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By Lynn L. Bergeson and Carla N. Hutton
 
On May 20, 2020, the U.S. Environmental Protection Agency (EPA) Office of Inspector General (OIG) released a report entitled Further Efforts Needed to Uphold Scientific Integrity Policy at EPA.  OIG conducted an Agency-wide survey to determine whether EPA’s Scientific Integrity Policy is being implemented as intended to ensure scientific integrity throughout EPA.  OIG received 4,320 responses (a 23.5 percent response rate), showing that 3,987 respondents were aware of or had some familiarity with the Scientific Integrity Policy.  According to OIG, among those respondents with a basis to judge, the majority (56 percent; 1,025 of 1,842) were satisfied with the overall implementation of the Policy.  OIG states that the survey also revealed some concerns with specific aspects of scientific integrity at EPA, including dissatisfaction with EPA’s culture of scientific integrity (59 percent; 1,425 of 2,402) and the release of scientific information to the public (57 percent; 1,049 of 1,842).  OIG recommends that EPA’s deputy administrator lead an effort to examine the causes associated with the scientific integrity concerns identified in the survey and communicate the results to EPA employees, including planned actions to address the causes.  OIG also made 11 recommendations to the EPA science advisor, including developing procedures for addressing and resolving allegations of scientific integrity violations, communicating the outcomes of reports of scientific integrity violations, and improving the release of scientific information to the public.  OIG states that EPA agreed with its recommendations and provided acceptable corrective actions.  According to OIG, EPA has completed two recommendations, and the others are resolved with corrective actions pending.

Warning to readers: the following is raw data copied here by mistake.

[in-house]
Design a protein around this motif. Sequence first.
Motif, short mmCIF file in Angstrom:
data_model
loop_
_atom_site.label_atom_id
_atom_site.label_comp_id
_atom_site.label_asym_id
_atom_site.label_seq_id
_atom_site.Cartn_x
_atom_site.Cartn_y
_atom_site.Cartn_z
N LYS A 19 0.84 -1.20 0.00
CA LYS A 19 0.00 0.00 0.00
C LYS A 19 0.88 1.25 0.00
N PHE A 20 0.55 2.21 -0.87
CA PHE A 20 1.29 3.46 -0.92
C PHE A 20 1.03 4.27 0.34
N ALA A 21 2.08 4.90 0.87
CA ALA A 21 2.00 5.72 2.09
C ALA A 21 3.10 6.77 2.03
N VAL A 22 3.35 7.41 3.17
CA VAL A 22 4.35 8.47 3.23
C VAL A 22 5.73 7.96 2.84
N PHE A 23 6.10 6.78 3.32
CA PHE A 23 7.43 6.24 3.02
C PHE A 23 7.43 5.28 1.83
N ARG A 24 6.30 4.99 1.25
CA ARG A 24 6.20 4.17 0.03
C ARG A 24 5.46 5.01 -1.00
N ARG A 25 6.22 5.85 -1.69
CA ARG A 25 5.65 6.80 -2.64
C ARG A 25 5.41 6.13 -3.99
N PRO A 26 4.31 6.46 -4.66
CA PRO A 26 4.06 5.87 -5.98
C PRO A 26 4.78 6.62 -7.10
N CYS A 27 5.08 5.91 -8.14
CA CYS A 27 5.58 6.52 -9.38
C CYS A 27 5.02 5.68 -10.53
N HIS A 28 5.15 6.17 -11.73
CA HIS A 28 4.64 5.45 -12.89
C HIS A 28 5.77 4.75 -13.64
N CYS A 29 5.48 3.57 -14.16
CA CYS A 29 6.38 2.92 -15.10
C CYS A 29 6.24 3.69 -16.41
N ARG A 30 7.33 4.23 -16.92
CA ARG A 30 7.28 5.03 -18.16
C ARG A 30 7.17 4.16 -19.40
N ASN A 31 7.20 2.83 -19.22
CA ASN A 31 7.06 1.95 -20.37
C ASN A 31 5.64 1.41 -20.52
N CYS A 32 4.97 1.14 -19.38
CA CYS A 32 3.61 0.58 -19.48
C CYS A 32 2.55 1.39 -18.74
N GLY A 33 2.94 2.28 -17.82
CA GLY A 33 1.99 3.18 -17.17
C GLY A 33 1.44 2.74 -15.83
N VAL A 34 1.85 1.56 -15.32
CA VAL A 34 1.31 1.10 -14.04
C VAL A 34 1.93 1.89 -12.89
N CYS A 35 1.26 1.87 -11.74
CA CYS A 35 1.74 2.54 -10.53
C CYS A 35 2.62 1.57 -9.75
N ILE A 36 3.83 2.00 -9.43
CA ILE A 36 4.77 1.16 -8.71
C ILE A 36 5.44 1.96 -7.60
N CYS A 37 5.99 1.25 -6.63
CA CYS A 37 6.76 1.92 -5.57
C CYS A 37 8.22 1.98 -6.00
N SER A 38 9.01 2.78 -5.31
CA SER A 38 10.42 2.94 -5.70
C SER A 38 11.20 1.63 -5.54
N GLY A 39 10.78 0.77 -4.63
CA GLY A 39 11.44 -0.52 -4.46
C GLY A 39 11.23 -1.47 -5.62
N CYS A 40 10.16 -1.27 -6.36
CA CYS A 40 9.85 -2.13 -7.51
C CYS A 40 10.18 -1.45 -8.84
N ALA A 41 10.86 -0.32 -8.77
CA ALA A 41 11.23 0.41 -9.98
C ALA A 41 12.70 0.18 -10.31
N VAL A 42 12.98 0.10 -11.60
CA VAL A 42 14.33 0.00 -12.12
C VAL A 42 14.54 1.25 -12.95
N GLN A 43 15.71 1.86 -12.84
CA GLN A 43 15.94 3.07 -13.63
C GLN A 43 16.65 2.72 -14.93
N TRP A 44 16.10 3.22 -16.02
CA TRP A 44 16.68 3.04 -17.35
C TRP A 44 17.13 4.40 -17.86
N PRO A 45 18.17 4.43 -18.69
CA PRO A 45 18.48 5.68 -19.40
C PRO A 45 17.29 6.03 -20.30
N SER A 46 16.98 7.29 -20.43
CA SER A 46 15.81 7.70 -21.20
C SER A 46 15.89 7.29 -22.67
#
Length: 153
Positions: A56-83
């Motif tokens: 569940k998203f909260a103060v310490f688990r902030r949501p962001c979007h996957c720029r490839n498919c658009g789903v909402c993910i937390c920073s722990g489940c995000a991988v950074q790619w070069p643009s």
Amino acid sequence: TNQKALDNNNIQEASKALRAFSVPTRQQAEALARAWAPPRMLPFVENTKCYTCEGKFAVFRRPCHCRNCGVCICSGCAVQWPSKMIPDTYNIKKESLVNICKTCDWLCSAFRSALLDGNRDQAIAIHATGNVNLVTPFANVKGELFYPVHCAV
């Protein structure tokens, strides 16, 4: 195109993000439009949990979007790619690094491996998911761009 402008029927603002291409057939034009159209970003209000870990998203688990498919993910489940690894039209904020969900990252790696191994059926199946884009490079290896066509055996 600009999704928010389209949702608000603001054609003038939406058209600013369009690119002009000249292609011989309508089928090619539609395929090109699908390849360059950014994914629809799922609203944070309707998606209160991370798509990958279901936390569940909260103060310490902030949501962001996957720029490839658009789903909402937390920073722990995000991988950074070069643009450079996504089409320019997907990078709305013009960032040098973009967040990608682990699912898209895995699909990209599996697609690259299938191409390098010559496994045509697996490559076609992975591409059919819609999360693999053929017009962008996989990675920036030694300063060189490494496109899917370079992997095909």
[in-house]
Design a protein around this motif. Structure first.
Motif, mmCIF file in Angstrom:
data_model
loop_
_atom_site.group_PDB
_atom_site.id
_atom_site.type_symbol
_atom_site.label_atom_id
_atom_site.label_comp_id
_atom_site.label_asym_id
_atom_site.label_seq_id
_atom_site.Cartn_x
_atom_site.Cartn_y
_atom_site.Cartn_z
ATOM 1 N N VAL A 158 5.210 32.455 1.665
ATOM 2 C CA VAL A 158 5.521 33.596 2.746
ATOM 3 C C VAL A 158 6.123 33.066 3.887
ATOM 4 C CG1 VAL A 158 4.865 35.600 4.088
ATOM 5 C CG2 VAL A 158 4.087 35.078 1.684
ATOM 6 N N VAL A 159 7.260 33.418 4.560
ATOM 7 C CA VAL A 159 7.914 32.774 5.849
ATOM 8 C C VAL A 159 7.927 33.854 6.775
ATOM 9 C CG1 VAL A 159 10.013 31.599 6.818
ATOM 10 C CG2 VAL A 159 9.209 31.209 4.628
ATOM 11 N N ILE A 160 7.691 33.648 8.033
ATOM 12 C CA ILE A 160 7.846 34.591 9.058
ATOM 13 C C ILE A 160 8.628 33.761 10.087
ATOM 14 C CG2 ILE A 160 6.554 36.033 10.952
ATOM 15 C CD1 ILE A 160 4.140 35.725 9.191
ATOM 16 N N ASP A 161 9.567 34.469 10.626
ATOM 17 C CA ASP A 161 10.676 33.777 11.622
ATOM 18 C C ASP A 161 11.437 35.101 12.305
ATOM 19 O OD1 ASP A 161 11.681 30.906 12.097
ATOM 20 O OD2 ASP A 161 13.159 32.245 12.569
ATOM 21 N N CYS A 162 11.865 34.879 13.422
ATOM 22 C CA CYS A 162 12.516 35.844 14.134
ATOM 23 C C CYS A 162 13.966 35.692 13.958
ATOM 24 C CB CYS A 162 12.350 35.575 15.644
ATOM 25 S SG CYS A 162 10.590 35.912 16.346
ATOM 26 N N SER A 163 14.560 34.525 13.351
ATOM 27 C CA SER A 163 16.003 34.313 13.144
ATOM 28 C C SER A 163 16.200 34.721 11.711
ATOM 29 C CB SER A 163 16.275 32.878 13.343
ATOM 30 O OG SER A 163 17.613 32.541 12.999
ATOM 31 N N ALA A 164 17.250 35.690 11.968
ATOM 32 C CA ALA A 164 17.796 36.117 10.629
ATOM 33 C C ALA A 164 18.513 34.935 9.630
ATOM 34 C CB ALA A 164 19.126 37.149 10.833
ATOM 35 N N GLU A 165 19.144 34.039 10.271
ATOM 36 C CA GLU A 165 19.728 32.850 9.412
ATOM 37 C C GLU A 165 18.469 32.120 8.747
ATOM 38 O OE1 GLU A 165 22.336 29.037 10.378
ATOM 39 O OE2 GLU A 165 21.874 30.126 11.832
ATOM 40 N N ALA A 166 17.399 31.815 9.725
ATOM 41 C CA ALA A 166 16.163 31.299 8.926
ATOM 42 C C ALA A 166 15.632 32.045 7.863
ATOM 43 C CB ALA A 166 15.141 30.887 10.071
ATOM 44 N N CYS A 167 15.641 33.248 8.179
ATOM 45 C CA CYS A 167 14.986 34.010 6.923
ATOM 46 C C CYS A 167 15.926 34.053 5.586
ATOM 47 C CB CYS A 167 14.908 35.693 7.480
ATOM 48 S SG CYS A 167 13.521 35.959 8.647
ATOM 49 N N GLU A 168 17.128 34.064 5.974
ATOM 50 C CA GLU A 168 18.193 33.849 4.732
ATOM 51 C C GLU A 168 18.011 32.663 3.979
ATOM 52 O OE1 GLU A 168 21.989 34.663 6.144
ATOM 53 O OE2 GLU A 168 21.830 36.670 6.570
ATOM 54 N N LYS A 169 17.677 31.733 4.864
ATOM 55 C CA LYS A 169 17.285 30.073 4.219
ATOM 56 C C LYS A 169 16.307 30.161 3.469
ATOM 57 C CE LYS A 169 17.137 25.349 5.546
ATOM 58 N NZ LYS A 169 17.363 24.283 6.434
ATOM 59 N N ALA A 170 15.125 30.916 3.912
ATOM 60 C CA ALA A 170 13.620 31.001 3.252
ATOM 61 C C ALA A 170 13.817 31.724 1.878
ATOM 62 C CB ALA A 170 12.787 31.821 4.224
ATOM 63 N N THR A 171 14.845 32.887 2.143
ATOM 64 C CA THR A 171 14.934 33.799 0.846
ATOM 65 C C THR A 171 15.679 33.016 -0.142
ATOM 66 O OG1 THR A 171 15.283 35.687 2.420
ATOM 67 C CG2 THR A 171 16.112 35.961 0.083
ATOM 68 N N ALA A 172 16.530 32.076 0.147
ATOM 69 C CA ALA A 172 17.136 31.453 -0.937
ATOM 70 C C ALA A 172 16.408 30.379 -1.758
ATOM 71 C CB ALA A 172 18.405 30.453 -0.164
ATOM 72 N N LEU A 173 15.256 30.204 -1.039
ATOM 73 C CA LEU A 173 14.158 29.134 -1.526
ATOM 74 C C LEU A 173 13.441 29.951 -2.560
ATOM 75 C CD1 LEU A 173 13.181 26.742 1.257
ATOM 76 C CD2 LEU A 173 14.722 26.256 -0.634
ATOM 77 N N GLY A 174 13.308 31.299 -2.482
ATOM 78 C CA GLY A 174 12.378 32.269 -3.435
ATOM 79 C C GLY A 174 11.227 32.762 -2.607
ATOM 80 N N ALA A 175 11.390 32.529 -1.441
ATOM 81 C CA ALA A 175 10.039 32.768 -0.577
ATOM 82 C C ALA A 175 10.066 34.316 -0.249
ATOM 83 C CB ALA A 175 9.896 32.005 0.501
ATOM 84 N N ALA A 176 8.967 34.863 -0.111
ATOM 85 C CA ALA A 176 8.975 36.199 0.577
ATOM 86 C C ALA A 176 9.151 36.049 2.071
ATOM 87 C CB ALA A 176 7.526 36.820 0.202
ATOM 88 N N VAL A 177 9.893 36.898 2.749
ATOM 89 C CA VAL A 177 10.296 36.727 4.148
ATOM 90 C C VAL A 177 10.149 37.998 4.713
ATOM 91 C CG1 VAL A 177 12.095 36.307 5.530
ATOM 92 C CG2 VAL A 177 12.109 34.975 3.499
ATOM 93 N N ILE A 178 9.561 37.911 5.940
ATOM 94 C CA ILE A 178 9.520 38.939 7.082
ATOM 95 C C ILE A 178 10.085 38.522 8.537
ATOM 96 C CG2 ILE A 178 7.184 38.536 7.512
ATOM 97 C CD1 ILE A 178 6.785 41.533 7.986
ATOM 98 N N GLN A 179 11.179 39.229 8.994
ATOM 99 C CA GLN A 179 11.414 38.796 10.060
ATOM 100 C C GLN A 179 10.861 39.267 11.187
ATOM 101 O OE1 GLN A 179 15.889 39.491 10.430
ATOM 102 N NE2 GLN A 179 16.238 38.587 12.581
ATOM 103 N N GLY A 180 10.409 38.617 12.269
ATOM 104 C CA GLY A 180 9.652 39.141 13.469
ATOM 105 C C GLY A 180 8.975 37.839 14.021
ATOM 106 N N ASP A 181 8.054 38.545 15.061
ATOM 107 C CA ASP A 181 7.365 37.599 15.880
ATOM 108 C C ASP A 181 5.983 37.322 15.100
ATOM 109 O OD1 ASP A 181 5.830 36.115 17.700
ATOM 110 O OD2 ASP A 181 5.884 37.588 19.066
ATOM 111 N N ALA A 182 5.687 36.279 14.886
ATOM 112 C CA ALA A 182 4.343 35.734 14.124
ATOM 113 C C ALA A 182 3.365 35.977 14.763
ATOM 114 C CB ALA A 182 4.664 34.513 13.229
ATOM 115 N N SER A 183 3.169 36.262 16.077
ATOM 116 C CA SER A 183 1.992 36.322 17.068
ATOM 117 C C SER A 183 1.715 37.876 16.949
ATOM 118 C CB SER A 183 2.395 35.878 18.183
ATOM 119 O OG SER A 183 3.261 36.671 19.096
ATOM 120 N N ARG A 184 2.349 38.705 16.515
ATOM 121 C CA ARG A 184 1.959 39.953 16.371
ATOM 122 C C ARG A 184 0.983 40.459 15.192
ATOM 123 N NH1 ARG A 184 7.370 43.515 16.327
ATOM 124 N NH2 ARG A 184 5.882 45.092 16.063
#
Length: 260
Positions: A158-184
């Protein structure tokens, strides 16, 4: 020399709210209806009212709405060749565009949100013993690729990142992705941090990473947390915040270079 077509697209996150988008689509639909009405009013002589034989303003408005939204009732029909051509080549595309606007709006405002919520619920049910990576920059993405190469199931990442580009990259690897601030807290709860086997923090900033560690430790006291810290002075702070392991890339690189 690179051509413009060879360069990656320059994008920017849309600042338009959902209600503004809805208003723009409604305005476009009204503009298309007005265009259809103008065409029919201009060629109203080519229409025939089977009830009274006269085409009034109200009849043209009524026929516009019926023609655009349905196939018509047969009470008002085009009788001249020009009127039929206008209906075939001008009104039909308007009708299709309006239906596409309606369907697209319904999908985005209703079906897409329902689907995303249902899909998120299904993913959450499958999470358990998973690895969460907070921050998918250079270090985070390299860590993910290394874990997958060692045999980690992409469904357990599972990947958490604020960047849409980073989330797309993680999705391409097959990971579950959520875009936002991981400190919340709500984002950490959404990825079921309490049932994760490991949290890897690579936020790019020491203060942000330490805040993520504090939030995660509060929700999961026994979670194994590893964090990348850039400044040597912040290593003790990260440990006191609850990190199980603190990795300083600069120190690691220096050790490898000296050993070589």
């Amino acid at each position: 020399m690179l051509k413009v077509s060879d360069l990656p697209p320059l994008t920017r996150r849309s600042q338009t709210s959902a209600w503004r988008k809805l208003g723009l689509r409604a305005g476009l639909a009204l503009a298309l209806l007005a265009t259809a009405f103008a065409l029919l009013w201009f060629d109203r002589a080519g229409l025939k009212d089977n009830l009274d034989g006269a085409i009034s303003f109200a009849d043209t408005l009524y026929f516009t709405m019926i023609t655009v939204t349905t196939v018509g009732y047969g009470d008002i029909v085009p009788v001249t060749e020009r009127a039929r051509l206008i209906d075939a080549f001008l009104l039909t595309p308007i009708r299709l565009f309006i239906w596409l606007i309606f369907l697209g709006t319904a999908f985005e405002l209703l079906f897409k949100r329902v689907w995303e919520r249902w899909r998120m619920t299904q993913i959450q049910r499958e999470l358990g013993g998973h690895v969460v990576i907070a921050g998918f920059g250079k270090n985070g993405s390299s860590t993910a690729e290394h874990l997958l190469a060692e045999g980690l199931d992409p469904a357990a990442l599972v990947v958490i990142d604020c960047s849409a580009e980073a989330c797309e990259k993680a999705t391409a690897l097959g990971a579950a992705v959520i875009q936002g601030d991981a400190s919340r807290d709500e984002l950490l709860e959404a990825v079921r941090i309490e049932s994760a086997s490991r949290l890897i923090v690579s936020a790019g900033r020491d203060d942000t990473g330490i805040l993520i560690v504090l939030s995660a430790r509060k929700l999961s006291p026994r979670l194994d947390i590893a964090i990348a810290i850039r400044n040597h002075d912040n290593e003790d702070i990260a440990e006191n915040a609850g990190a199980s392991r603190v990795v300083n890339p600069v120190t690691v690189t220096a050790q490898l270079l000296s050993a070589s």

By Lynn L. Bergeson and Carla N. Hutton
 
On March 3, 2020, the U.S. Environmental Protection Agency (EPA) announced the availability of a supplemental notice of proposed rulemaking (SNPRM) to the Strengthening Transparency in Regulatory Science proposed rule.  EPA notes that the SNPRM “is not a new rulemaking; rather, it provides clarifications on certain terms and aspects of the 2018 proposed rule.”  The SNPRM:

  • Proposes that the scope of the rulemaking applies to influential scientific information, as well as significant regulatory decisions;
     
  • Defines and clarifies that the proposed rule applies to data and models underlying both pivotal science and pivotal regulatory science;
     
  • Proposes a modified approach to the availability provisions for data and models that would underlie influential scientific information and significant regulatory decisions, as well as an alternate approach; and
     
  • Clarifies the ability of the Administrator to grant exemptions.

EPA published the SNPRM in the Federal Register on March 18, 2020.  85 Fed. Reg. 15396.  EPA states that it “is taking comment on whether to use its housekeeping authority independently or in conjunction with appropriate environmental statutory provisions as authority for taking this action.”  On April 2, 2020, EPA announced that it would extend the comment period to May 18, 2020.  EPA anticipates promulgating a final rule later in 2020.  More information is available in our March 9, 2020, memorandum, “EPA Releases Supplemental Proposed Rule to the Proposed Rule on Strengthening Transparency in Regulatory Science.”


 

By Lynn L. Bergeson and Carla N. Hutton
 
The House Science, Space, and Technology Subcommittee on Research and Technology will hold a hearing on “Benign by Design:  Innovations in Sustainable Chemistry” on July 25, 2019.  Witnesses will include: